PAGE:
e.   Providing stakeholders with feedback on how the company has taken their input into account. The operating company shall collaborate with stakeholders, including representatives from affected communities, to design and form a permanent stakeholder advisory committee (or its equivalent), to provide oversight of the mining project’s environmental and social performance, and/or input to the company on issues of concern to stakeholders.[4]  Engagement processes shall be accessible and culturally appropriate,[5] and the operating company shall demonstrate that efforts have been made to include participation by women, men, and marginalized and vulnerable groups.  When stakeholder engagement processes depend substantially on community representatives, the operating company shall demonstrate that efforts have been made to confirm whether or not such persons represent the views and interests of affected community members and can be relied upon to faithfully communicate relevant information to them. If this is not the case, the operating company shall undertake additional engagement processes to enable more meaningful participation by and information sharing with the broader community.  The operating company shall document engagement processes, including, at minimum, names of participants, and input received from and company feedback provided to stakeholders.  The operating company shall report back to affected communities and stakeholders on issues raised during engagement processes.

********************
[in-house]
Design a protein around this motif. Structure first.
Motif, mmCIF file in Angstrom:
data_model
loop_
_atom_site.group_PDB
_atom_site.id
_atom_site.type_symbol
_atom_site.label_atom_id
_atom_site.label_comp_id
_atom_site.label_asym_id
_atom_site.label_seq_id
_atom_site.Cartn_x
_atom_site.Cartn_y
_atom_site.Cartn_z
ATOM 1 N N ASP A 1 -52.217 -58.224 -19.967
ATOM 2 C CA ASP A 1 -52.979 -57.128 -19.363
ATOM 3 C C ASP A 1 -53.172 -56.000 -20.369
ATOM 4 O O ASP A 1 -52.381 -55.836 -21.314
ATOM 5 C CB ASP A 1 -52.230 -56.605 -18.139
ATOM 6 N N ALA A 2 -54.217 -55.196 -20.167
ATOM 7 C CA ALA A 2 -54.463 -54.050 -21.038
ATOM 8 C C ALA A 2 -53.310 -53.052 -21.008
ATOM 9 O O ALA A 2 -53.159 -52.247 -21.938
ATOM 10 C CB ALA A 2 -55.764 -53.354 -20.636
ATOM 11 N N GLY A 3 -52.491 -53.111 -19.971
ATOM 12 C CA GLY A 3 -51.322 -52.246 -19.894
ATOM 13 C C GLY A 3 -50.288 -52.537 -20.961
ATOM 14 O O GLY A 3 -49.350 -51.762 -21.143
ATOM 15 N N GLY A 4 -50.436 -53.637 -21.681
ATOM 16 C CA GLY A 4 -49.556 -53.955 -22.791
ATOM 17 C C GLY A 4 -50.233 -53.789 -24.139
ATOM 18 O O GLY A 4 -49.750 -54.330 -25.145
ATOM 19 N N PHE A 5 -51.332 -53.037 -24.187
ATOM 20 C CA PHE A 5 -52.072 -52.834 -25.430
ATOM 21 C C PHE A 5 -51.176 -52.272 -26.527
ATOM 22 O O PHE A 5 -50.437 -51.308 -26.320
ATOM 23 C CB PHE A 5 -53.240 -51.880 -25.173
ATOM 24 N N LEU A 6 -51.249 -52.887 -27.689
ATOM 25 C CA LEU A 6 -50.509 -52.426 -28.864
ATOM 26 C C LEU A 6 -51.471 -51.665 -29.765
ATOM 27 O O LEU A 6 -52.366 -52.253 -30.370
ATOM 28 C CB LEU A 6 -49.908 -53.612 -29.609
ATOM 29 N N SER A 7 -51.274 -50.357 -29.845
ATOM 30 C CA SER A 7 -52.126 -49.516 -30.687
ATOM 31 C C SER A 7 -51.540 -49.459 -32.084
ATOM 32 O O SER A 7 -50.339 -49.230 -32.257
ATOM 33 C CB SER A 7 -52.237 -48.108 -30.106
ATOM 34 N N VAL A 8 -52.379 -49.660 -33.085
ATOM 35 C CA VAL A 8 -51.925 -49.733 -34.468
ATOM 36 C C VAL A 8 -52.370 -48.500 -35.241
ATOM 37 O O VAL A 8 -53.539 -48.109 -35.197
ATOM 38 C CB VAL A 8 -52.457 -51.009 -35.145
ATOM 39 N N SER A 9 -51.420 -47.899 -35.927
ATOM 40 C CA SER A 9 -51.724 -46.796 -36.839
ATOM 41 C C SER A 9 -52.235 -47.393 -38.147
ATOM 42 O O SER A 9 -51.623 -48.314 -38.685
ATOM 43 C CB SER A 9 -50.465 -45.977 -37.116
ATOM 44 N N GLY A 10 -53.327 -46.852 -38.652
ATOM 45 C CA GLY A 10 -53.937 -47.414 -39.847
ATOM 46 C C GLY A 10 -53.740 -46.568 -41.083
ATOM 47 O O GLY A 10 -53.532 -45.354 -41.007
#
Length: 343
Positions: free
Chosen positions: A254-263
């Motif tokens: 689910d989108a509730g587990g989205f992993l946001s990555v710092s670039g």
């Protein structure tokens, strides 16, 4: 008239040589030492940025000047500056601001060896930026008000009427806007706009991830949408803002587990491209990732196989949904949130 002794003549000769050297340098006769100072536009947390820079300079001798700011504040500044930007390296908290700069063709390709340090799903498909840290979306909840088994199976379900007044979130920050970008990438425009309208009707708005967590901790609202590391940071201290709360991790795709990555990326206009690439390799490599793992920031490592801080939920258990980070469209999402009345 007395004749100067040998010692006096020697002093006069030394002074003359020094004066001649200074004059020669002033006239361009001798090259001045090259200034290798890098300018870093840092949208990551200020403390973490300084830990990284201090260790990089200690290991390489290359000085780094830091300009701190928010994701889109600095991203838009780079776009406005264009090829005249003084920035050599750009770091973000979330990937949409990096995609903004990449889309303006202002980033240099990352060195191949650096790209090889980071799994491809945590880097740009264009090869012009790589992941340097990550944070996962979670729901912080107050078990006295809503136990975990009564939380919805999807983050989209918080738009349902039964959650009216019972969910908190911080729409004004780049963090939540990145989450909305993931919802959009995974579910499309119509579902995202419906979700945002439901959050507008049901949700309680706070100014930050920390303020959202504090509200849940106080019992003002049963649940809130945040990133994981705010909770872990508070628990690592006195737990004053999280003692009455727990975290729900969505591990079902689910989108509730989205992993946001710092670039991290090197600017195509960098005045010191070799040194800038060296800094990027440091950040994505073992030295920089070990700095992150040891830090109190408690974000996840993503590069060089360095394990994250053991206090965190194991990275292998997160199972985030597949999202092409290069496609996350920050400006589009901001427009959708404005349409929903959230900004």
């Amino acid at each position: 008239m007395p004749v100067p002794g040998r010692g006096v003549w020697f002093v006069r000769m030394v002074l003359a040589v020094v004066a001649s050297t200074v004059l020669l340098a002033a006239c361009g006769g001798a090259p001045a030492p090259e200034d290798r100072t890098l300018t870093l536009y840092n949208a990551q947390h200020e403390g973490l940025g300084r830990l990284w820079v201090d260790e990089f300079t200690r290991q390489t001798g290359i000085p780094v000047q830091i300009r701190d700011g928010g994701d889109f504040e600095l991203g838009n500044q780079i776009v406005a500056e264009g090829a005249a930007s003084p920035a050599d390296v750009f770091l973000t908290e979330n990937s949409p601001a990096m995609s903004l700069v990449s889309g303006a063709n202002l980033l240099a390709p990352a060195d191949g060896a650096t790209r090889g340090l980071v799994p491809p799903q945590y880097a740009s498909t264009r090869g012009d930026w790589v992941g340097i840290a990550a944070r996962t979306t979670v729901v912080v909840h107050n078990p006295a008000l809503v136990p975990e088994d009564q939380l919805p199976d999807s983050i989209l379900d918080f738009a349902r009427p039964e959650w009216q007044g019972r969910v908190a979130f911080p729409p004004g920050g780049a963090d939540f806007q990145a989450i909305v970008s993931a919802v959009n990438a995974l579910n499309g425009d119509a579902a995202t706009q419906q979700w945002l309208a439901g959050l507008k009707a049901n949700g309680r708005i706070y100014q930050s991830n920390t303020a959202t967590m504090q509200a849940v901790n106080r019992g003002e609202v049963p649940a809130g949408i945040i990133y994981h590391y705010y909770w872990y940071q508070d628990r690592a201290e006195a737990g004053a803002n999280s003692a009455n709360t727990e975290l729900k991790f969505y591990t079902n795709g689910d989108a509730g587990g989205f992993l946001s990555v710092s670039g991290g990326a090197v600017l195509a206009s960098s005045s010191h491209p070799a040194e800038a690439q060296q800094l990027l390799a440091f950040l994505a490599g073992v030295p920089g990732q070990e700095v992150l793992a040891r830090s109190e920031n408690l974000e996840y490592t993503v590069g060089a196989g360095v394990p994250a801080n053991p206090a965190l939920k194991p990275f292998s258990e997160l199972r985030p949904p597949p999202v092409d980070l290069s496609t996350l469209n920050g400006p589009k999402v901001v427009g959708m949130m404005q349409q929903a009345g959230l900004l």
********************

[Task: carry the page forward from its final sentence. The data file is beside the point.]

2.8.3.  Strengthening Capacity  The operating company shall offer to collaborate with stakeholders from affected communities to assess their capacity to effectively engage in consultations, studies, assessments, and the development of mitigation, monitoring and community development strategies.[6] Where capacity gaps are identified, the operating company shall offer appropriate assistance to facilitate effective stakeholder engagement.[7]

2.8.4.  Communications and Access to Information  Unless otherwise indicated in IRMA requirements, the operating company shall provide free, timely access to its policies, assessments, mitigation and monitoring plans and reports, and other information reasonably requested by stakeholders.[8] If the company refuses a stakeholder request, it shall provide the stakeholder with a written justification for why it is withholding the information.  Communications with and information provided to stakeholders shall be in formats and languages that are culturally appropriate, accessible and understandable to affected communities and stakeholders.[9]